These advocates weren't the only one finally fed up with Austin PD and their mealy-mouthed approach to dealing with the community. Also yesterday, several local groups (Texas Criminal Justice Coalition, Texas Harm Reduction Alliance, Grassroots Leadership, and the Immigrant Legal Resource Center) and a UT law prof backed out of a proposed grant application aimed at pre-arrest diversion in drug cases, claiming Austin PD was acting in bad faith. Here's a notable excerpt from their email:
In 2018, our organizations began a two-year project to better understand why Austin/Travis County produced a 66% increase in new felony drug possession cases within a five-year period despite no discernible increase in the drug prevalence rate. Our intention was to identify the locations and circumstances where pre-arrest deflection programming would have the greatest impact on reducing arrests and connecting people with meaningful harm reduction services. We remain committed to that goal, and we are grateful to have had the opportunity to work with city/county officials on a new vision for addressing substance use within our community.

What our study demonstrated, however, was that the increase in drug arrests was generated through police practices long believed to exacerbate racial disparities. Moreover, the arrests resulted in lengthy periods of detention, loss of income, increased homelessness, loss of immigration status, and collateral consequences that create lifelong barriers to employment and housing. In short, our study showed very clearly that the criminal legal system actors were doing harm.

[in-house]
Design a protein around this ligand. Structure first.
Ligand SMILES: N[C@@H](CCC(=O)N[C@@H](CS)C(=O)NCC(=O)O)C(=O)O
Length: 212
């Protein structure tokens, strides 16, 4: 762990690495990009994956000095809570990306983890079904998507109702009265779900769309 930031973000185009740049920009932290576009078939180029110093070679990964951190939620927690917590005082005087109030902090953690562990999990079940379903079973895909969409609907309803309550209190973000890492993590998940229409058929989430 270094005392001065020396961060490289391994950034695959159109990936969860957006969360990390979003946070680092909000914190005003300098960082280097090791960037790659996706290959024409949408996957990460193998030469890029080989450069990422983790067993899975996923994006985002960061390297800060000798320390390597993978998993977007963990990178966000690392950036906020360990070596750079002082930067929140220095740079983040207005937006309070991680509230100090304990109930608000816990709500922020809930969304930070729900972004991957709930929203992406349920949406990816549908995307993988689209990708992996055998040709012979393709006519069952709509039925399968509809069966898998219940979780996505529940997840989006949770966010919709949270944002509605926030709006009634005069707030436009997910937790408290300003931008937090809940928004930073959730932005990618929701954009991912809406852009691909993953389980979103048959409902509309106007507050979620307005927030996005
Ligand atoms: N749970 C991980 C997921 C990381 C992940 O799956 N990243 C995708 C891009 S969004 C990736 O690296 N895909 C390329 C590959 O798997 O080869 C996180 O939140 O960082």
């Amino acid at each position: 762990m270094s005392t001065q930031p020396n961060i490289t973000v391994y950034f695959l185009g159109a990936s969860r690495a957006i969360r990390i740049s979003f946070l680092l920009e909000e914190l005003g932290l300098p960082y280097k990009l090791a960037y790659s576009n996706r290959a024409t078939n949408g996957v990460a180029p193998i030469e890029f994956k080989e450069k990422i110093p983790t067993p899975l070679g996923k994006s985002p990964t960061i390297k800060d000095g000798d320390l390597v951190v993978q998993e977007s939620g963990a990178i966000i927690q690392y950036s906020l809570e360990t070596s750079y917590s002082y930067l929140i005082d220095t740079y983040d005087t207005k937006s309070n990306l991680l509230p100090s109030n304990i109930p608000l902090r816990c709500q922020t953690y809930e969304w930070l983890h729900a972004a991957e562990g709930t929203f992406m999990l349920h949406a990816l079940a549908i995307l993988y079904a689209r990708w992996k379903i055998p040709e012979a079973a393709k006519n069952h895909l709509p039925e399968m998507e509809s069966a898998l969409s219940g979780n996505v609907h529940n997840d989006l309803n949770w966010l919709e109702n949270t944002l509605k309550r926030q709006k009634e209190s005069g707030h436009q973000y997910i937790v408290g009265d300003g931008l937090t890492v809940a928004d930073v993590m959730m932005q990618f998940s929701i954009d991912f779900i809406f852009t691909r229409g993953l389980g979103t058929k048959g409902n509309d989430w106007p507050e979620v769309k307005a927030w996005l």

Yet, the tone and content of the grant application shifts the responsibility entirely to the individual at risk of arrest for drug possession, not to the system actors who have done such harm to people suffering from substance use disorder. We provided lengthy comment on the current draft, but we simply do not see how these issues can be addressed satisfactorily before the grant application is due.

We believe that it is time to press reset. We urge the Austin City Council and City Manager to take decisive action to change the culture of law enforcement in this city.
The Greater Austin Crime Commission issued a statement cautioning against a "rush to judgment" after the Ramos shooting, but that misapprehends the situation. Elements of this episode speak directly to known problems at the department that should have been addressed long ago. Those include deescalation training that's disconnected from use-of-force policy, a lack of transparency around body cameras, the chief's misguided approval of officers shooting at moving cars, not to mention issues of bias raised in the Tatum report. Again, read the full letter. The list goes on and on.

It's become clear in the span of just a few days that Brian Manley and the entire city leadership team over public safety has lost the public's confidence. So what happens next?

Under the city charter, the city council cannot fire the chief, or even publicly declare they support his termination. Only City Manager Spencer Cronk can do that, and he should.

In the meantime, though, the charter does authorize city council to launch their own investigation into the chief and others criticized in the AJC letter. And they could also issue a "no confidence" vote exclaiming their dissatisfaction. We've reached the point where, if the city manager won't immediately act, it's absolutely time for them to embrace such tactics.

Manley, his chief of staff, assistant city manager Rey Arrellano - all these folks have entirely lost the faith of the community. It's time for them to go.


Anonymous said...

Why is it that the more progressive the city or state is perceived the more regressive the police seem to be? Austin, Houston, California, Illinois.....are are touted to be progressive, but the police actions all seem to be totalitarian. Just an observation.

Anonymous said...

Someone once said, inside of every liberal is a totalitarian dying to get out.